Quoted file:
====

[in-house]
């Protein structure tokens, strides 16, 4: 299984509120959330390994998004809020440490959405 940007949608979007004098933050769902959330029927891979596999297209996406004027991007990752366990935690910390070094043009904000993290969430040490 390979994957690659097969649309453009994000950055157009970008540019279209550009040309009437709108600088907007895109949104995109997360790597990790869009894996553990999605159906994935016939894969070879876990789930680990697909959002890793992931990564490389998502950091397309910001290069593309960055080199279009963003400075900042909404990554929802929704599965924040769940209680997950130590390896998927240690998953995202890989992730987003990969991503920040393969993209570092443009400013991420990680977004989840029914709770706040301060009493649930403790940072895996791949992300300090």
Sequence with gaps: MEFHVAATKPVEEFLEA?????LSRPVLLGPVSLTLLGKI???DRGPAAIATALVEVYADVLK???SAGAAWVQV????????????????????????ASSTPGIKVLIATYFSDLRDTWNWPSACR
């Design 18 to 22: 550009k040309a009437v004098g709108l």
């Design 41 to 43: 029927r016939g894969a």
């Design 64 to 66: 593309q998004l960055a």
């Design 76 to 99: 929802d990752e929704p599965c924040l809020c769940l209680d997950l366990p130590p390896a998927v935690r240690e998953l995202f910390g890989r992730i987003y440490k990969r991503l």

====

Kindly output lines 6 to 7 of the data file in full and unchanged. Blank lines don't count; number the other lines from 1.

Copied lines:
């Design 64 to 66: 593309q998004l960055a």
């Design 76 to 99: 929802d990752e929704p599965c924040l809020c769940l209680d997950l366990p130590p390896a998927v935690r240690e998953l995202f910390g890989r992730i987003y440490k990969r991503l």